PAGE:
Bangalore has grown a lot. I have 5+ relatives living in 5 houses and each of those houses, including my sister’s own is on the outer periphery of the city, along what is called the outer ring road. Since most of my relatives work, I ended up being able to visit only one relative or friend a day, more or less. There are lots I have not visited, and lots I desperately wanted to, but given the time I had, I think I did a good job.
From Bangalore, me and six of my friends went to this wonderful coffee+honey estate called Honey Valley Estate. It is a wonderful place in Coorg, complete with blood sucking leeches and friendly dogs. We went hiking up to a waterfall. The owner of the place manages the house with his wife, who also cooks for the visitors. The rates were extremely low, considering the kind of oppurtunity they provide. Most of the visitors to this house-cum-guesthouse are foreigners who somehow manage to find the best ways to spend time in India! So up we went to the waterfall, and me and Vasu climbed high into the falls. Three leeches tasted my blood, but it wasn’t that bad. In fact this was the best trip I have been on in the last three years or so. I will post some pictures later.
After coming back to Bangalore, I happened to visit Shiok, a far eastern cuisine restaurant, with Siddharth. I had a nice long chat with Madhu Menon, the restauranteur, ex-techie, and blogger. He was a Usability expert in his previous role as a techie, and we had a nice little discussion about WordPress could use some improvement. His personal weblog run MT, but he has about a dozen or so WordPress weblogs — of friends and such — under his wing. If you are in Bangalore, check out Shiok, it is an enchanting place, and the service is the best I have seen yet in India. Scratch that, the people who waited on me treated me better than anywhere else, so it is the best I’ve had so far.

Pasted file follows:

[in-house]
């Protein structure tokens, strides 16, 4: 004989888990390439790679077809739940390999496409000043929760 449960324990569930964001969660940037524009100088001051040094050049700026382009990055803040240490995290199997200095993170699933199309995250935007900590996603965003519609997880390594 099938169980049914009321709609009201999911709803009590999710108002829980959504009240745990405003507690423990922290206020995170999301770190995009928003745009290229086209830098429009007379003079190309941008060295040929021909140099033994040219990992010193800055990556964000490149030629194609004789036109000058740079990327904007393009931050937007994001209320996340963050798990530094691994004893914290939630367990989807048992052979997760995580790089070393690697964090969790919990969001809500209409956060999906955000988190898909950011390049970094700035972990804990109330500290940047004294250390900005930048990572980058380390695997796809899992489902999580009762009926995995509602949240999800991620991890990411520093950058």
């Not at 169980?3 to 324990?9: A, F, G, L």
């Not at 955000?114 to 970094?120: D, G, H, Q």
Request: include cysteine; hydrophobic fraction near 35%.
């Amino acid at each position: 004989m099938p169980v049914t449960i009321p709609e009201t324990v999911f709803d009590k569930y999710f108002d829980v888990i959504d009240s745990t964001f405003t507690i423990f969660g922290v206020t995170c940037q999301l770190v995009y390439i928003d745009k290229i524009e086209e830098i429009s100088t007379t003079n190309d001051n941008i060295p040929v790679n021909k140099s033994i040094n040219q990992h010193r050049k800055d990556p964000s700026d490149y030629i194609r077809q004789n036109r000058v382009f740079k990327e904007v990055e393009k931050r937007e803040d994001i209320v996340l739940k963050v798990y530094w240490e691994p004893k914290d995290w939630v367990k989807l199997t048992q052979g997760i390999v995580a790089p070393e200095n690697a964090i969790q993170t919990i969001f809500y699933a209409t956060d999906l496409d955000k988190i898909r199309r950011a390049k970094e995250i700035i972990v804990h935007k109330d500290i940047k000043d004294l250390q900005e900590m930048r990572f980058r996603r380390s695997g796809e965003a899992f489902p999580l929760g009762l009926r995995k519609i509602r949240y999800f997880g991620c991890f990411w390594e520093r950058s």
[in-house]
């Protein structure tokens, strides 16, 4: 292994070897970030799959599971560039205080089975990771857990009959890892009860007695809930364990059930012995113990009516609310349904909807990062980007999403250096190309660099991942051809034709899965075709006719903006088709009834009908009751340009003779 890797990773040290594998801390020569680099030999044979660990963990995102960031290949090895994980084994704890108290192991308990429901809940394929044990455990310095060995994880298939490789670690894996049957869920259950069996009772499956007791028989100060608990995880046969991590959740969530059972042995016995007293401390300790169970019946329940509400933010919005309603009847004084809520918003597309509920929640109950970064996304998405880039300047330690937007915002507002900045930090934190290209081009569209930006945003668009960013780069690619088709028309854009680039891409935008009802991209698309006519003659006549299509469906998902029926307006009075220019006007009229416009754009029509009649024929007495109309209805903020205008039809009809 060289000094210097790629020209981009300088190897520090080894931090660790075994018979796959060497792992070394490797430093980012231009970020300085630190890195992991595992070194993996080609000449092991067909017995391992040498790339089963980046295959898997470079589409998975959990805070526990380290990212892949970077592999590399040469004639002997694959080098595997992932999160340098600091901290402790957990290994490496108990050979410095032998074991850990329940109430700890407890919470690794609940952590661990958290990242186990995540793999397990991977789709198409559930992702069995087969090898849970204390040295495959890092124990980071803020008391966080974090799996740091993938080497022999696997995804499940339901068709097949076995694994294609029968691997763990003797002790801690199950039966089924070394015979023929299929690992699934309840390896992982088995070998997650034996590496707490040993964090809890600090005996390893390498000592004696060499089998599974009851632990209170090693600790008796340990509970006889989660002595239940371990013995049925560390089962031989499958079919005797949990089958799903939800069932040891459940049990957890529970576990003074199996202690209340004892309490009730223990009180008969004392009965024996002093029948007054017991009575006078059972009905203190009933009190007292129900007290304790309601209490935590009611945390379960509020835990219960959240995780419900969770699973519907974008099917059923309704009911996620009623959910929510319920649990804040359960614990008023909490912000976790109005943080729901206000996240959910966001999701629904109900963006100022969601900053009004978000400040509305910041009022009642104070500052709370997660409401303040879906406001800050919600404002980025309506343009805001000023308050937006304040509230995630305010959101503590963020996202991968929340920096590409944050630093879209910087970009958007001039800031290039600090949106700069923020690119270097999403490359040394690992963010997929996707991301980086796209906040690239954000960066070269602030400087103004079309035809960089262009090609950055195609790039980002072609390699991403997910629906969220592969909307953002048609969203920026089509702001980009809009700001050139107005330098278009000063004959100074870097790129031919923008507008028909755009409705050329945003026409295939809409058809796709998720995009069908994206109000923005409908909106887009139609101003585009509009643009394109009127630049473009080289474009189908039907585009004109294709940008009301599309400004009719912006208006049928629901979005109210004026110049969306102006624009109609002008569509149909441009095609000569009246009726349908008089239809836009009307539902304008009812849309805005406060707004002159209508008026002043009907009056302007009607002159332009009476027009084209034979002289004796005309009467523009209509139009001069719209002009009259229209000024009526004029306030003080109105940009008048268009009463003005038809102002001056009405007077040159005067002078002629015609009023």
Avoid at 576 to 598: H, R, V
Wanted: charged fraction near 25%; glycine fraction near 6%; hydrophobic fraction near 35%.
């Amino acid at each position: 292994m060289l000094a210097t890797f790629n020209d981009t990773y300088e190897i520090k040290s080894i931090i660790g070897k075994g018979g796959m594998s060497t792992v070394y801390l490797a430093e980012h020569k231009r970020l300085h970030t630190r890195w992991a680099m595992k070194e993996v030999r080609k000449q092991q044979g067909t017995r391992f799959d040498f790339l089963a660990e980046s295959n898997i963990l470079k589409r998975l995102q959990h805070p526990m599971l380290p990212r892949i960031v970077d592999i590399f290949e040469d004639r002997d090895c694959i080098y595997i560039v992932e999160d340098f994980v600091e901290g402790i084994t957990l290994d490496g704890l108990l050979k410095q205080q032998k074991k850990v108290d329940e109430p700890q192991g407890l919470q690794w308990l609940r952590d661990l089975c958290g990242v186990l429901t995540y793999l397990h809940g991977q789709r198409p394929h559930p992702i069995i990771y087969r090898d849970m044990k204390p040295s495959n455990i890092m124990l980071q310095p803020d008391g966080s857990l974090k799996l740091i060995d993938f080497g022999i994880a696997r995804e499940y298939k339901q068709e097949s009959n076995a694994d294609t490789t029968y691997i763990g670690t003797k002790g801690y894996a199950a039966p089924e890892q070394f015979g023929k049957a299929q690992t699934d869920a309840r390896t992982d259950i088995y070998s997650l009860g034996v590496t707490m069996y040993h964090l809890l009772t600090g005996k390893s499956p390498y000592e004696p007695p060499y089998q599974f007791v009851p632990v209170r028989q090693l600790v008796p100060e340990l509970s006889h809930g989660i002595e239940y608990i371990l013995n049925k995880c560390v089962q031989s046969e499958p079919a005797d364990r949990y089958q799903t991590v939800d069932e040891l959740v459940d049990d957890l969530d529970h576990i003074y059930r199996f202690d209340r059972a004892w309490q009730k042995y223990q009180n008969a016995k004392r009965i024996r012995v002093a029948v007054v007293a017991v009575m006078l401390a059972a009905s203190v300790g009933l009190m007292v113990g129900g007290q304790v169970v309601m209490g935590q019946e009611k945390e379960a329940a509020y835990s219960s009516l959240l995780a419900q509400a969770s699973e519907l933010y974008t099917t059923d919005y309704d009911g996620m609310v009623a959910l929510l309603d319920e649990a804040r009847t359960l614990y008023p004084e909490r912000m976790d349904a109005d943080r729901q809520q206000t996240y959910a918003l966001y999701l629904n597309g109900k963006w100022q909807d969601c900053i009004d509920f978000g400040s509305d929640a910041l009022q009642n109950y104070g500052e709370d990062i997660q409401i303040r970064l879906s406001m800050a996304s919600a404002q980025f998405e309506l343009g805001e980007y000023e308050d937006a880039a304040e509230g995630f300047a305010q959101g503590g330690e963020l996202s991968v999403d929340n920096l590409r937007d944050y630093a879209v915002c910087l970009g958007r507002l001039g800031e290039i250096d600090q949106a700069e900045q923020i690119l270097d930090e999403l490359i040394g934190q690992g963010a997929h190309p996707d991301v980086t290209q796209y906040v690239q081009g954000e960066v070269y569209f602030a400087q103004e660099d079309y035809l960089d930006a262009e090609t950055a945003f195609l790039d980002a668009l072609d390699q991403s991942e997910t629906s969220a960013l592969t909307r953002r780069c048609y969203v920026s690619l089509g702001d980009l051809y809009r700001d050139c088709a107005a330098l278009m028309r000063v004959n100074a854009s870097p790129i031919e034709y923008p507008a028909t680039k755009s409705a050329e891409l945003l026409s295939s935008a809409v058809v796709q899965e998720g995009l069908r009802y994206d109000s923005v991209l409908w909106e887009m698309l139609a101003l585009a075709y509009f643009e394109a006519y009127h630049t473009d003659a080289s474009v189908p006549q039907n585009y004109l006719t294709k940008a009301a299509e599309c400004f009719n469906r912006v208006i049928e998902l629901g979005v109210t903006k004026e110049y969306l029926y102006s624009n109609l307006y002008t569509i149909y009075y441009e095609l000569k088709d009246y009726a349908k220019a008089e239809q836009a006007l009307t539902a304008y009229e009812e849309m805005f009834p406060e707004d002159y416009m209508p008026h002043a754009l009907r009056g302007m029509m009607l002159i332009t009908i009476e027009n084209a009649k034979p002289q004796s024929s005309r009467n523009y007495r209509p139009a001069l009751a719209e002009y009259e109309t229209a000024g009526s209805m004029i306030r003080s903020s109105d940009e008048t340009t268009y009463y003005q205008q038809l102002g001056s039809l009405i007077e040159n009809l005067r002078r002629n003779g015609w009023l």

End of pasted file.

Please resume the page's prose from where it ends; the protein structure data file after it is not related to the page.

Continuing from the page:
So after Bangalore, I went to that must-go destination — Tirupati. He happens to be our “Family Lord”, and the trip is always an amazing one. The place is so crowded and the lines for a glimpse of the Lord in all his glory are so long, at any given time. The ultimate experience, really. So I got there at 4 AM one day, and found out that the earliest I could hope to get darsan was at 11 AM the next day! This was the “Special” darsan, for which one has to pay a small sum of money. To cut a long story short, I had darsan almost 36 hours after I first landed there. The not-so-special ordinary line is even worse — you have to stand in line for about 24 hours. With my coupon, I only had to stand in line for 6 hours. A side effect of the trip is that I now have no hair. My head is tonsured, I am a skinhead now.
Right now I am still on the road, seeing the sights and sounds that were once familiar, laughing at the spelling mistakes on sign boards and menus. Photos and notes later…